The Odyssey for an Optimal NASH Biomarker: Challenges and Opportunities in 2023
INTRODUCTION ABOUT DR. Giada Sebastiani
Dr. Giada Sebastiani is an Associate Professor of Medicine at McGill University Health Center in Canada with a research focus on non-invasive diagnosis of non-alcoholic fatty liver disease NAFLD and liver fibrosis staging.
She has been actively involved in the quest for the optimal biomarkers for NASH and has provided valuable insights on the challenges and opportunities in this field.
Dr. Sebastiani has published numerous research articles and editorials in high-impact journals, including the editorial of The Lancet Gastroenterology and Hepatology regarding the first results of the Litmus project that she will comment on.
OVERVIEW OF The Odyssey for a Versatile NASH Biomarker
Discover why the perfect NASH biomarker doesn’t exist and why a versatile biomarker may be more beneficial. Learn how fibrosis may be a viable diagnostic classificator for NASH and how the complex pathogenesis of the non-alcoholic fatty liver disease (NAFLD) accounts for its link with extrahepatic manifestations.
Table of Contents
- The Rationale for the Quest for a NASH Biomarker
- Challenges in Histological Diagnosis of NASH
- Why Fibrosis May be a Viable Diagnostic Classificator for NASH
- Why the perfect NASH biomarker doesn’t Exist
- The Need for a Versatile Biomarker
- Insights and recommendations for non-invasive diagnosis of NASH: guidance from Dr. Giada Sebastiani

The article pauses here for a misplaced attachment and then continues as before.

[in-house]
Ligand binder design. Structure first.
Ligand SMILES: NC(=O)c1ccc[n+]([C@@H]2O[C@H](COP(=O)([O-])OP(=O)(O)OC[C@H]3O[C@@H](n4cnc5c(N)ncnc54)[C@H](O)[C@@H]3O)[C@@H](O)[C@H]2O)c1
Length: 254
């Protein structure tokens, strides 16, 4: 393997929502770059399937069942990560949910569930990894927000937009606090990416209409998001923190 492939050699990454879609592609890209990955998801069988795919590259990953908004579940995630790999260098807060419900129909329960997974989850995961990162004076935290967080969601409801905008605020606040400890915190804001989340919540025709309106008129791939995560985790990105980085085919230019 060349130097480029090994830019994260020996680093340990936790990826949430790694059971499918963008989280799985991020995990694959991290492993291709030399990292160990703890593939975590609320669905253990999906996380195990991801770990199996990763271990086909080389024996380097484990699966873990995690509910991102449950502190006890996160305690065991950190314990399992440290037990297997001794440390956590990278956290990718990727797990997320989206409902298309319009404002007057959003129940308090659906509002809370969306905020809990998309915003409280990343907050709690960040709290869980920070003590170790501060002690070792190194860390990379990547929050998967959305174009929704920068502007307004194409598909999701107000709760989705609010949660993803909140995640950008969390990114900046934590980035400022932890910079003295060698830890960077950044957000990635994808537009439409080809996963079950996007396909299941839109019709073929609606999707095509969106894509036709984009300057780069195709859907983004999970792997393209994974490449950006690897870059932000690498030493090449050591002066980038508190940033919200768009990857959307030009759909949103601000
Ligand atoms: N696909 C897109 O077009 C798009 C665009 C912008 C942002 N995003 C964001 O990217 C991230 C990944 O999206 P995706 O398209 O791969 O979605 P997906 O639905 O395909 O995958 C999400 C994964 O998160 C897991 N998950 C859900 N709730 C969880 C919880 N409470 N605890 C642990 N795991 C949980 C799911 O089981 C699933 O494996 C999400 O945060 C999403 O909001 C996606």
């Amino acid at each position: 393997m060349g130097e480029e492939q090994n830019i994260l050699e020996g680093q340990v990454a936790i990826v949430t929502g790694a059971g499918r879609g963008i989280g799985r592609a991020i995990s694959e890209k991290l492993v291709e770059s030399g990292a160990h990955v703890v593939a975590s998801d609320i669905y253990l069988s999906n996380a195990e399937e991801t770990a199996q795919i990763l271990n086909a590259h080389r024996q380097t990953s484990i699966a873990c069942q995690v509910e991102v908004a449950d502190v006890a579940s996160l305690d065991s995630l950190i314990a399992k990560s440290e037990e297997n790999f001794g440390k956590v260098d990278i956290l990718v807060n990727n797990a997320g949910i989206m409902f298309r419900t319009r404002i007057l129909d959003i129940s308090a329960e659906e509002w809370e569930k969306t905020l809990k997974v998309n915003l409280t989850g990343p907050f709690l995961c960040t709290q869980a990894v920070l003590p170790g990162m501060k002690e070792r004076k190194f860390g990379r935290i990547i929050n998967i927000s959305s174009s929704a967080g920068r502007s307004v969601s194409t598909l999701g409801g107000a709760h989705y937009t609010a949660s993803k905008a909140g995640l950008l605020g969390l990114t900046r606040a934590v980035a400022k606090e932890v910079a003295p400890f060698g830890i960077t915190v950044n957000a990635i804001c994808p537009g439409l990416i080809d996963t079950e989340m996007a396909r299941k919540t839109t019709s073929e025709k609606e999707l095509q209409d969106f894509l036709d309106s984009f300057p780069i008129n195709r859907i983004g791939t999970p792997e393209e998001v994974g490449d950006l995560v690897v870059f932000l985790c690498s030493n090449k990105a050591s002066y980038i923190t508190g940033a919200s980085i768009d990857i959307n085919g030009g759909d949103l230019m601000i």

Non-alcoholic fatty liver disease (NAFLD) is a prevalent chronic liver disease affecting 25% to 30% of the general population worldwide. NAFLD can progress to non-alcoholic steatohepatitis (NASH), which is characterized by inflammation, hepatocyte ballooning, liver fibrosis, and hepatic steatosis. NASH can lead to significant complications, including cirrhosis and liver transplants.
As a result, the quest for non-invasive biomarkers for NASH is crucial to identify patients at high risk for developing end-stage complications and including them in ongoing clinical trials.
The Rationale for the Quest for a NASH Biomarker
The subtleness of NAFLD and NASH makes diagnosis and identification of high-risk patients challenging. A significant proportion of NASH patients are diagnosed only when they develop end-stage complications related to cirrhosis, including variceal bleeding, ascites , or liver cancer.
Only a proportion of individuals with NAFLD progress to NASH with clinically significant fibrosis – these are the patients who will develop end-stage complications.
Moreover, the diagnosis of NASH as a whole represents a challenge due to the lack of non-invasive tests to identify hepatocyte ballooning and necroinflammation.
Challenges in Histological Diagnosis of NASH
NASH is diagnosed through histological changes such as:
- hepatocyte ballooning
- liver fibrosis
- hepatic steatosis
Steatosis is necessary for diagnosing NAFLD, the base of the diagnosis, while fibrosis provides its prognosis.
While non-invasive tests for steatosis and fibrosis have good accuracy, diagnosing ballooning and necroinflammation non-invasively is more problematic. This is due to the variability of their definition, even among experienced pathologists or clinicians, specifically for hepatocyte ballooning.